Winter offers spectacular flying, but its fickle and unforgiving weather can make longer aerial journeys daunting.
Jean and I annually flee snowy Flagstaff to visit our neighbors Tim and Hedy Thomas for a California vacation. Usually we meet in sunny Oceanside or Carlsbad, but this January they invited us to sample Monterey’s rugged coastline, bountiful sea life, scrumptious seafood, and renowned aquarium. Afterward, we planned to visit other friends two hours northeast in Truckee, California, and from there fly home through Nevada.
Although straightforward in good weather, this is an ambitious wintertime journey. Mountainous northern Arizona and California’s coast, deserts, Central Valley, and Sierra Nevada all feature different if interrelated weather patterns, which must coincide for safe air passage across the route. Truckee, in particular, high in the Sierra Nevada near Lake Tahoe, averages 41 inches of January snowfall, yet perfect flying weather would be required to land there.
So rather than attempting to hard-schedule our vacation, we negotiated a three-week “visit anytime” travel window with our respective hosts.
Even then, weather concerns arose. By early January, closely spaced winter storm systems were lined up to steamroll California and Arizona. Our travel needed to be accomplished during one- to two-day gaps between storms…
“Be prepared to turn around,” I cautioned Jean as we launched under dark clouds. Keeping options open would be key to safely completing this long journey east.
We were bound from Arizona to Illinois for my mother’s 90th birthday and a high school newspaper reunion. Unable to justify flying ourselves 9-10 hours each way for a long weekend, we’d originally planned to go by airline.
But then we learned my mother would be gone over reunion weekend, stretching our stay to a week. That changed everything. By Flying Carpet we could use the free time to visit long-missed friends, relatives, and locations.
Yes, it’s a long flight to Chicago. But from there, many Midwestern destinations are only an hour or two away. Newly excited, we compiled a wish list encompassing three time zones and six destinations in four states. It was an ambitious itinerary, given the vagaries of spring weather.
Indeed, the forecasts were alarming as departure day approached. The Great Plains suffered near-daily tornados, showers were predicted throughout our Midwest stay, and two storm systems threatened Arizona. Rain hammered our roof the night before departure.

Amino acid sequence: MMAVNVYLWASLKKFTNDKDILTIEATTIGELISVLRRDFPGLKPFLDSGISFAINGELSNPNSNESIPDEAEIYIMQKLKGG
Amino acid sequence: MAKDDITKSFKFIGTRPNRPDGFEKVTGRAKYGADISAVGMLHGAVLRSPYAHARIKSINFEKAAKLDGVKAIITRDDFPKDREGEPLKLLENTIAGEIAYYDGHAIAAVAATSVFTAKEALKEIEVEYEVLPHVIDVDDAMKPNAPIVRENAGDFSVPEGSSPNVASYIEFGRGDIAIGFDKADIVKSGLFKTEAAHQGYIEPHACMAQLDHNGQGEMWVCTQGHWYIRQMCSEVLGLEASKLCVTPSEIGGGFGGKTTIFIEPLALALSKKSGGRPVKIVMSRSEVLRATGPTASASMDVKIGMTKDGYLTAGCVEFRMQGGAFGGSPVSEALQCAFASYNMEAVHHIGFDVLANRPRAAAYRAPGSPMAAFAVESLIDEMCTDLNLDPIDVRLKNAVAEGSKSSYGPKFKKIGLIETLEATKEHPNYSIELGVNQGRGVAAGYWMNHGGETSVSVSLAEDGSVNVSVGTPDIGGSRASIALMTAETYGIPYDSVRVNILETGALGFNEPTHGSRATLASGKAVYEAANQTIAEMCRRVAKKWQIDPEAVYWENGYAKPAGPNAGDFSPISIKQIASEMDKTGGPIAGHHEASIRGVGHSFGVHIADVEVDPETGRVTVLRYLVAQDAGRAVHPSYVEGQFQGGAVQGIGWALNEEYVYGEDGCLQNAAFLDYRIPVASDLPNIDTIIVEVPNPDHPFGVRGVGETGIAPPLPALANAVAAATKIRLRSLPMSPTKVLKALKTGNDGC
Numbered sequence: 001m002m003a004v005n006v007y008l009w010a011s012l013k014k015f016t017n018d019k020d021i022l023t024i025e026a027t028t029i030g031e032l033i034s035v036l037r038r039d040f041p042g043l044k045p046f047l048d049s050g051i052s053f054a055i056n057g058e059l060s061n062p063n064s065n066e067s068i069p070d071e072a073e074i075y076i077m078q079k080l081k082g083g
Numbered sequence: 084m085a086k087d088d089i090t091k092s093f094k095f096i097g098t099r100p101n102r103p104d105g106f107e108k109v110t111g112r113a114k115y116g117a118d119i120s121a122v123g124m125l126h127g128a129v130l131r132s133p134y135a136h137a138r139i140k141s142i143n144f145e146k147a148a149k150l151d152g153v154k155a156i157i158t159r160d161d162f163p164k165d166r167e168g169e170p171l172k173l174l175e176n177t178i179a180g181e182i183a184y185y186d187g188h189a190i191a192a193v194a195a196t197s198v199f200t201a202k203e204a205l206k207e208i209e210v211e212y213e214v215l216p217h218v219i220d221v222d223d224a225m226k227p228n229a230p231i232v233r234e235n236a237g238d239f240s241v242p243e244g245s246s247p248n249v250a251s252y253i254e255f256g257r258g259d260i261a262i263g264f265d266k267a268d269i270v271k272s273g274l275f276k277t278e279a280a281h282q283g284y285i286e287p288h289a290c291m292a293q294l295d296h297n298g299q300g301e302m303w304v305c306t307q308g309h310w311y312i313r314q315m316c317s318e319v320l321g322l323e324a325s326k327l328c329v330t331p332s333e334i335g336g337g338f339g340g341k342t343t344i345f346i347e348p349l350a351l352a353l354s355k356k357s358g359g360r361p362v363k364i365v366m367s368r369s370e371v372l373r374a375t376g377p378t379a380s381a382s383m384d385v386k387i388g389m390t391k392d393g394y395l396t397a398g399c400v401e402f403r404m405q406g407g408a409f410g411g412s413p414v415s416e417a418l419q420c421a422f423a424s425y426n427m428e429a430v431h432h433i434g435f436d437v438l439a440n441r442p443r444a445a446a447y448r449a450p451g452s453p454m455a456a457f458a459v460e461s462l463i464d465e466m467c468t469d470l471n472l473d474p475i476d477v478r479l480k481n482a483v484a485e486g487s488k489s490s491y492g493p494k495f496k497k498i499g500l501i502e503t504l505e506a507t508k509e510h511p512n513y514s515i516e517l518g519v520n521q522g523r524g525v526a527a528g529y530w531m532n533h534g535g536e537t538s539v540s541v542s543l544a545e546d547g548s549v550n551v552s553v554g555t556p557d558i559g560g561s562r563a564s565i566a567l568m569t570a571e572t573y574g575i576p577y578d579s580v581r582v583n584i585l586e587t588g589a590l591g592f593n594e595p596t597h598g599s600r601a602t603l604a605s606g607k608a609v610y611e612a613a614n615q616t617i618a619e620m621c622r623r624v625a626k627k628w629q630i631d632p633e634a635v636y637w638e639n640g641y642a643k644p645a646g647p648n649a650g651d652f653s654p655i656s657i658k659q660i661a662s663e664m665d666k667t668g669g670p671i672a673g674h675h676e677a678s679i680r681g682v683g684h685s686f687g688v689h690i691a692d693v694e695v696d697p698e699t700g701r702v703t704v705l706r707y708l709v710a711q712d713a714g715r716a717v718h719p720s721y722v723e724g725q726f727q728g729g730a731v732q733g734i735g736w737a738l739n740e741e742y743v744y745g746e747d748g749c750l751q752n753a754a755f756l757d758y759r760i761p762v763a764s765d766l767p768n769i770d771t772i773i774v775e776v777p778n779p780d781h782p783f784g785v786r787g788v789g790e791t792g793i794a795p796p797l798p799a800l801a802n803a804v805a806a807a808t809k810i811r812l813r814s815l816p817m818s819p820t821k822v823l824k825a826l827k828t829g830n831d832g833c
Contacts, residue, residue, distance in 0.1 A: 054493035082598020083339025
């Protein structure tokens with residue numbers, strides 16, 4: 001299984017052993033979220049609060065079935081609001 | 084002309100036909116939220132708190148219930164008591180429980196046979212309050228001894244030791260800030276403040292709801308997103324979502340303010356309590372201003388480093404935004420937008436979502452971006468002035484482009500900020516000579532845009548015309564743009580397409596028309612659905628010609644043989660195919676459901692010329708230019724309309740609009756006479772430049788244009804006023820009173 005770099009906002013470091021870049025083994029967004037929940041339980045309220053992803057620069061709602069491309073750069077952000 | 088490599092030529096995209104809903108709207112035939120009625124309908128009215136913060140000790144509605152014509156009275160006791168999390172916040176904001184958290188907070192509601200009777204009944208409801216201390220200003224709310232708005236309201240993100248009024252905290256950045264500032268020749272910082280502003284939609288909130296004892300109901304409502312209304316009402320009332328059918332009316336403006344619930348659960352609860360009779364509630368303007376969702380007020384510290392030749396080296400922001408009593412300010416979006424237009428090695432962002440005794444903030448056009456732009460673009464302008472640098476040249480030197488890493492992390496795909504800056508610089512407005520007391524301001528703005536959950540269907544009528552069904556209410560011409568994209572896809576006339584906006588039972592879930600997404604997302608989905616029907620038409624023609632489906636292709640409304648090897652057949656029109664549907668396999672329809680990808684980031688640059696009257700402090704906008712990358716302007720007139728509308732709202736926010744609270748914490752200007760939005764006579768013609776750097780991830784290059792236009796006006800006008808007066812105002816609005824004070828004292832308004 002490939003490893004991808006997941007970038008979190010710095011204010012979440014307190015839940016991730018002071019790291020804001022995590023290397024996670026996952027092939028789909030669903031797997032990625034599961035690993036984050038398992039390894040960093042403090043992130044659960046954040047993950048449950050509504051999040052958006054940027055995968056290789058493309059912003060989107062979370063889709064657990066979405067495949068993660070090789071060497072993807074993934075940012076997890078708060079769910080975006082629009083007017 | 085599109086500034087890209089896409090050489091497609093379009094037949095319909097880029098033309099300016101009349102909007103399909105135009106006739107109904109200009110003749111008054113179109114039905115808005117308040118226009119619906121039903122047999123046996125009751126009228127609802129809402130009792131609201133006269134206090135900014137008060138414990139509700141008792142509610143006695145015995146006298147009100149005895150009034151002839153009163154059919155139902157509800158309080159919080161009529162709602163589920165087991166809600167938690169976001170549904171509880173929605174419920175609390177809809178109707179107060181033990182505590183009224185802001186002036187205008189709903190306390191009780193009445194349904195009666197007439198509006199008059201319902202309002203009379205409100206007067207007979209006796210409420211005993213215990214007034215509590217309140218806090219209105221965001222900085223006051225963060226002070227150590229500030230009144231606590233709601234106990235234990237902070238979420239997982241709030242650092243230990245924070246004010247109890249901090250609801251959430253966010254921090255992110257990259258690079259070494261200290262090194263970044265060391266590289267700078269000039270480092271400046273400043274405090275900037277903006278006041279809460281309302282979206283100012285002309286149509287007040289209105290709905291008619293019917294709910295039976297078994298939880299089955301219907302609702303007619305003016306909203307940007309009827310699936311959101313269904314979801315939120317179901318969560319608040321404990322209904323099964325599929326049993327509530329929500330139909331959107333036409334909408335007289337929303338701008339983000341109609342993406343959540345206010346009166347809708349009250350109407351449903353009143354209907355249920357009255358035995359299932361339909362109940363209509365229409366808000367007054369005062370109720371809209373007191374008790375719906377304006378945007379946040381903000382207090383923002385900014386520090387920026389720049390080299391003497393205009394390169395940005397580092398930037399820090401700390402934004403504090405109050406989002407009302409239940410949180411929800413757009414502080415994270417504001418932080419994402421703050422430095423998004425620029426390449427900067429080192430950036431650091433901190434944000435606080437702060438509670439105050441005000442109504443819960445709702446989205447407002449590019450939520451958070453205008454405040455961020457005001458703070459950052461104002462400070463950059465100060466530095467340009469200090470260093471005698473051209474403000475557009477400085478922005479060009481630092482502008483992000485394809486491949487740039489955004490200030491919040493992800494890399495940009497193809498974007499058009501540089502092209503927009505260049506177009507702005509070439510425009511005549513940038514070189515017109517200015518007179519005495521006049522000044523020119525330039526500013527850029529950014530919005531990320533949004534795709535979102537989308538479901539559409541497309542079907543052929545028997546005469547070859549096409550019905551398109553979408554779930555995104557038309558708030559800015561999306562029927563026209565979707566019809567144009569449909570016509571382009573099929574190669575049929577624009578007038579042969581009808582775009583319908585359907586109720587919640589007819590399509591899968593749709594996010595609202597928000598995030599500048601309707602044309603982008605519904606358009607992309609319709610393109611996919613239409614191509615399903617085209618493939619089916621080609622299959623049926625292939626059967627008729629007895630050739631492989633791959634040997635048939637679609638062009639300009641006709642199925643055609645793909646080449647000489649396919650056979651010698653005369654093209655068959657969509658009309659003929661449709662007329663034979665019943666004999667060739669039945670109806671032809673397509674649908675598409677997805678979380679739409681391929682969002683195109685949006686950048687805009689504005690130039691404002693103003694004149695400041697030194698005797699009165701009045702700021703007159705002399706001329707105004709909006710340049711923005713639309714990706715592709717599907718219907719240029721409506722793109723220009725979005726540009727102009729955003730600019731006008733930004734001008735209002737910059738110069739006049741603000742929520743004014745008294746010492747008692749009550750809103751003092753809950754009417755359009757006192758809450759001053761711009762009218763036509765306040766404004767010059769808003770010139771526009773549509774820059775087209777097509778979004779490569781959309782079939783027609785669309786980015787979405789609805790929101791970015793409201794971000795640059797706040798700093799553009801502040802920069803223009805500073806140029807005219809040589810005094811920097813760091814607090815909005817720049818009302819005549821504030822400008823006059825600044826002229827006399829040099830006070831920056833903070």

We awoke to dark, racing clouds, but for the moment Flagstaff boasted a flyable 1,400-foot ceiling. From nearby Winslow east, Arizona featured fair weather.
Northern New Mexico reported marginal visual flying conditions, with possible mountain obscuration. That might require staying over in Gallup, but we’d cross that bridge when the time came.
For now the objective was to beat the storm out of Flagstaff. Snowflakes pelted our windshield as we drove to the airport…
**READ THIS MONTH’S ENTIRE COLUMN,“THREE TIME ZONES.”**(Allow a moment for the article to load.)
Top photo: “The clouds break up near Santa Fe, New Mexico.” Lower photo: “Braving a bitter wind at Centerville Municipal Airport, Iowa.” SEE MORE PHOTOS!
It was one of those awful stories you assume happens only to other people…
Jean and her sister Jo were chatting by phone after Thanksgiving, when they suddenly realized their mom hadn’t returned their holiday phone messages.
They contacted their mother’s residential community manager, who discovered the unfortunate woman lying in her bathroom where she’d fallen on Thanksgiving Day, five days earlier. Jean jumped into her car and drove two hours to intercept her mother at a Phoenix emergency room.
When Jean returned home four days later, she was clearly shaken. Her mother had sustained serious injuries, and even if she survived it was questionable whether she could ever live unassisted again.